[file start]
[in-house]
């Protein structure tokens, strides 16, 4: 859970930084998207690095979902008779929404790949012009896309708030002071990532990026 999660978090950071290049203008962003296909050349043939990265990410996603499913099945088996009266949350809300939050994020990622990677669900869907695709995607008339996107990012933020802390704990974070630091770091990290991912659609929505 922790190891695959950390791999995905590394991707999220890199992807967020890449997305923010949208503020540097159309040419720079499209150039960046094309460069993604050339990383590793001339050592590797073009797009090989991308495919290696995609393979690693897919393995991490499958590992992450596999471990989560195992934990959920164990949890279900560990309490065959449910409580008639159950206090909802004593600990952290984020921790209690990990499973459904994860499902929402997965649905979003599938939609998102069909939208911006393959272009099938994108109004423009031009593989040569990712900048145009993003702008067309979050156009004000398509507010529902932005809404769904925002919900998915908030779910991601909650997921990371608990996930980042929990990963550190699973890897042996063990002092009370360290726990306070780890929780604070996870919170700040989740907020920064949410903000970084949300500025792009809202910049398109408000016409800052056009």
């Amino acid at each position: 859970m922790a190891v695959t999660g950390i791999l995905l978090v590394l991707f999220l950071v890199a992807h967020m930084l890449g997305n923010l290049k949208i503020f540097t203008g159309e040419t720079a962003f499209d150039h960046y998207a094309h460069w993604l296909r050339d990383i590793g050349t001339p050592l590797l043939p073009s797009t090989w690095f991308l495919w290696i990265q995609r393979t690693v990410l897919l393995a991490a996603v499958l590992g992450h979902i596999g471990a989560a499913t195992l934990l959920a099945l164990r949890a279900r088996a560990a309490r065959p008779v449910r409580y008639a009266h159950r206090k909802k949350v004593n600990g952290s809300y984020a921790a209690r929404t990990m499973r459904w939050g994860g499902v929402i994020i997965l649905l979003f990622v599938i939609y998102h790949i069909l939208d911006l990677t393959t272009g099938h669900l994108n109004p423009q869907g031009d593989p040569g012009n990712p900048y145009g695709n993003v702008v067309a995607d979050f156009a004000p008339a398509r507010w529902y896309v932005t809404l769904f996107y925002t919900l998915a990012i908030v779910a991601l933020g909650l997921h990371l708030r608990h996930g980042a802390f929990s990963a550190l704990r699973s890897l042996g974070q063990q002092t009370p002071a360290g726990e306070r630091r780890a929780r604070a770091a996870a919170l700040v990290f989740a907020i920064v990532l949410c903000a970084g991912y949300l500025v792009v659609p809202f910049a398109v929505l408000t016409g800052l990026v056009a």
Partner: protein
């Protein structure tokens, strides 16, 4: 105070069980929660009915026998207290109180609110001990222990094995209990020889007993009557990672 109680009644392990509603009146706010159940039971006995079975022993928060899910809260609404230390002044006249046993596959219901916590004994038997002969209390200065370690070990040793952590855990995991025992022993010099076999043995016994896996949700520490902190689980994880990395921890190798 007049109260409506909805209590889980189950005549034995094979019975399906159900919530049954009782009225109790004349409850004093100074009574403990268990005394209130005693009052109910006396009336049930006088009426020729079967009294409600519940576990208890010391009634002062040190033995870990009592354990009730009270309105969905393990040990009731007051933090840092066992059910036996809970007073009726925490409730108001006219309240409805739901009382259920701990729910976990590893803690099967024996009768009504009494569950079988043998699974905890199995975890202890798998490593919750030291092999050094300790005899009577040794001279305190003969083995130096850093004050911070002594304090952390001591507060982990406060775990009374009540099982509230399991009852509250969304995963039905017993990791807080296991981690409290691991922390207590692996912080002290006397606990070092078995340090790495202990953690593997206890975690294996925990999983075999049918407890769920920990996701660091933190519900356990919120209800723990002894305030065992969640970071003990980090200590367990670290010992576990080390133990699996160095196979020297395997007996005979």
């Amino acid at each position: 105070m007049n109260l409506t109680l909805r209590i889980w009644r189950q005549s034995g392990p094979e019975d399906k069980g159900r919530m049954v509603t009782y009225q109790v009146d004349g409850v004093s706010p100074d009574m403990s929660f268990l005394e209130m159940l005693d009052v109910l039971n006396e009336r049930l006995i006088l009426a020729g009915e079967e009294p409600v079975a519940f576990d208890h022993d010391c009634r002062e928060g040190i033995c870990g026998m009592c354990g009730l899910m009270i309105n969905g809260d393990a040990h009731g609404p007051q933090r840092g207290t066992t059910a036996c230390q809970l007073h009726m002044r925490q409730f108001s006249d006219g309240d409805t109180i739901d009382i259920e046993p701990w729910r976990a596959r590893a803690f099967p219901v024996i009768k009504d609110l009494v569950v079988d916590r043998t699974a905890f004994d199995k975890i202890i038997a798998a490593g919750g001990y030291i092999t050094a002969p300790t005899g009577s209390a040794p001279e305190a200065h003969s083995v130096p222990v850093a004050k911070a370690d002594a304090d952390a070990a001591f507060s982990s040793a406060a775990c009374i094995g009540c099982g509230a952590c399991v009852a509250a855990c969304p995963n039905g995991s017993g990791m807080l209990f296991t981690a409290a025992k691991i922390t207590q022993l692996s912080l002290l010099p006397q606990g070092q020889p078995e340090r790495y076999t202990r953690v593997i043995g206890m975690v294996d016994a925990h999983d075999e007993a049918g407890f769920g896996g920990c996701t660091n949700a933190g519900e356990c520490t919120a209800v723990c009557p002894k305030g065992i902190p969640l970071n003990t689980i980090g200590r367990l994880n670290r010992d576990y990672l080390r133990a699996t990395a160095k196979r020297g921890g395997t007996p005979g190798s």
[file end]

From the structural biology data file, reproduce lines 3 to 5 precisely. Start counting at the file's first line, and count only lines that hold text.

């Amino acid at each position: 859970m922790a190891v695959t999660g950390i791999l995905l978090v590394l991707f999220l950071v890199a992807h967020m930084l890449g997305n923010l290049k949208i503020f540097t203008g159309e040419t720079a962003f499209d150039h960046y998207a094309h460069w993604l296909r050339d990383i590793g050349t001339p050592l590797l043939p073009s797009t090989w690095f991308l495919w290696i990265q995609r393979t690693v990410l897919l393995a991490a996603v499958l590992g992450h979902i596999g471990a989560a499913t195992l934990l959920a099945l164990r949890a279900r088996a560990a309490r065959p008779v449910r409580y008639a009266h159950r206090k909802k949350v004593n600990g952290s809300y984020a921790a209690r929404t990990m499973r459904w939050g994860g499902v929402i994020i997965l649905l979003f990622v599938i939609y998102h790949i069909l939208d911006l990677t393959t272009g099938h669900l994108n109004p423009q869907g031009d593989p040569g012009n990712p900048y145009g695709n993003v702008v067309a995607d979050f156009a004000p008339a398509r507010w529902y896309v932005t809404l769904f996107y925002t919900l998915a990012i908030v779910a991601l933020g909650l997921h990371l708030r608990h996930g980042a802390f929990s990963a550190l704990r699973s890897l042996g974070q063990q002092t009370p002071a360290g726990e306070r630091r780890a929780r604070a770091a996870a919170l700040v990290f989740a907020i920064v990532l949410c903000a970084g991912y949300l500025v792009v659609p809202f910049a398109v929505l408000t016409g800052l990026v056009a």
Partner: protein
């Protein structure tokens, strides 16, 4: 105070069980929660009915026998207290109180609110001990222990094995209990020889007993009557990672 109680009644392990509603009146706010159940039971006995079975022993928060899910809260609404230390002044006249046993596959219901916590004994038997002969209390200065370690070990040793952590855990995991025992022993010099076999043995016994896996949700520490902190689980994880990395921890190798 007049109260409506909805209590889980189950005549034995094979019975399906159900919530049954009782009225109790004349409850004093100074009574403990268990005394209130005693009052109910006396009336049930006088009426020729079967009294409600519940576990208890010391009634002062040190033995870990009592354990009730009270309105969905393990040990009731007051933090840092066992059910036996809970007073009726925490409730108001006219309240409805739901009382259920701990729910976990590893803690099967024996009768009504009494569950079988043998699974905890199995975890202890798998490593919750030291092999050094300790005899009577040794001279305190003969083995130096850093004050911070002594304090952390001591507060982990406060775990009374009540099982509230399991009852509250969304995963039905017993990791807080296991981690409290691991922390207590692996912080002290006397606990070092078995340090790495202990953690593997206890975690294996925990999983075999049918407890769920920990996701660091933190519900356990919120209800723990002894305030065992969640970071003990980090200590367990670290010992576990080390133990699996160095196979020297395997007996005979």